At this point, it was late into Saturday night. I was exhausted and my body had emptied itself of everything. Now when I vomited, there was only my recently-consumed water mixed with a brown fluid coming up, which smelled awful and burned like crazy. I determined that I was now purging stomach acid. Mom became sufficiently alarmed and sent over some Mylanta or some such remedy for stomach ache. I took some and vomited it up 15 minutes later. Nothing tastes quite right returning from the stomach, and I now had a strong distaste for onions.

On Sunday morning, I was too weak to attend church. I was also too stubborn to request assistance, because I was still positive this was just food poisoning or a spiritual attack. Call me insane, but I was having a difficult time thinking clearly. I was borderline delirious and my trips to the bathroom became dangerous adventures filled with sharp furniture-shaped obstacles and a floor that wouldn't keep level. Mom dropped off some Powerade and told me to take a tablespoon every 15 minutes. I did, and it was the first substance I was able to keep down without vomiting.

Mom and Dad picked me up after church and took me to their place. I grumbled and complained and made it known that I wanted to weather this storm in my own comfortable bed. They wisely ignored me and carried me to the van.

I don't remember much of my 4-hour stay at my parent's home but I vaguely remember my friends coming over to pray with me.

Mom and Dad rushed me to the hospital. I was nearly unconscious at that point, but Mom tells me I grumpily declared to the ER desk attendant from my wheelchair that I needed to use the restroom. Mom was upset with the staff, evidently it took quite a while to admit me and Grabers don't have much patience. Once the doctors discovered my sky-high blood sugar, they started shouting and running and stabbing needles into my veins. Dad says they started out with a single drip IV but quickly advanced to two separate IV's and put them under pressure. Soon fluids and insulin were pouring into me. Dad counted 8 bags of fluid emptied intravenously. It was the first insulin my body had received since Tuesday, four days previous.

Visitors came to see how I was doing, but I don't remember many of them. I was in and out of consciousness for most of Monday. Once I was up and conscious, all I wanted was water, but everything tasted awful. I couldn't understand why they kept giving me water that tasted like burnt copper. I slowly realized it was perfectly clean, fresh water and my throat and tongue were still mangled from the stomach acid.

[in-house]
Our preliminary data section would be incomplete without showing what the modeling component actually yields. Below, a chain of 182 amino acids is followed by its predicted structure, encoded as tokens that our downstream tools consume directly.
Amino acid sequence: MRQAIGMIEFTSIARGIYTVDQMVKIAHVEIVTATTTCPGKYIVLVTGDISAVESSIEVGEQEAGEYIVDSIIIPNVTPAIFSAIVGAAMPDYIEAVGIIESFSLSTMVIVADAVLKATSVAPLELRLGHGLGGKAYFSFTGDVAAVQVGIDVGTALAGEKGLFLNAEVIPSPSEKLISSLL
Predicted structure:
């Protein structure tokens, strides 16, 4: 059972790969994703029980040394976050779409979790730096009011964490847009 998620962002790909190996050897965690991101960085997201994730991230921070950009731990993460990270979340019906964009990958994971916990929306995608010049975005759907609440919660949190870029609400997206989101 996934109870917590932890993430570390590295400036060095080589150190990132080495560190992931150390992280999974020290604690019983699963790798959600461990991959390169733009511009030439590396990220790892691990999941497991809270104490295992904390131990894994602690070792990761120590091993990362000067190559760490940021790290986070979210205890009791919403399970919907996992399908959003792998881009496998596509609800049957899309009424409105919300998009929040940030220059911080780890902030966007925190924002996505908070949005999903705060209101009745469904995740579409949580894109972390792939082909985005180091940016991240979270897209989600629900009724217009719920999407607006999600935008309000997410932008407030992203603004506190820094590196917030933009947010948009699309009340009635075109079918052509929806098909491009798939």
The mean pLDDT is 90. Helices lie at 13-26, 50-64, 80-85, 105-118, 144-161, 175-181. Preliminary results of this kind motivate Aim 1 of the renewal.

With consciousness, I got to appreciate my guests a whole lot more. I wasn't able to see them, since my contacts and glasses had been left at home, but it was good to hear their voices.

Many friends visited me. I'd write down the names and thank you publicly but I would be guaranteed to miss some of the lovely people that took time out of their day to see me. For all you kind souls, thank you very much. You lifted my spirits and brought joy into my room. I appreciate it more than I can say.

I felt lashed to the bed. I had cuffs around my ankles that alternated pressure to stimulate blood flow. I had a blood pressure cuff on my left arm that took readings every 20 minutes and two IV's in my right arm. I had sensors attached to 6 places on my chest and stomach with a wire trailing from each. I had a little alligator clip attached to my finger. A nurse helped me detach the cuffs so I could shuffle over to a bedside commode when I needed to use the restroom. It was at one of those moments, half-naked, half-shackled to the bed and blind as a bat, one of my friends poked their head into my room. At least, I think it was a friend. The doctors would come in and politely do whatever they wanted to do. This stranger was just standing there with their head poked in, looking at me.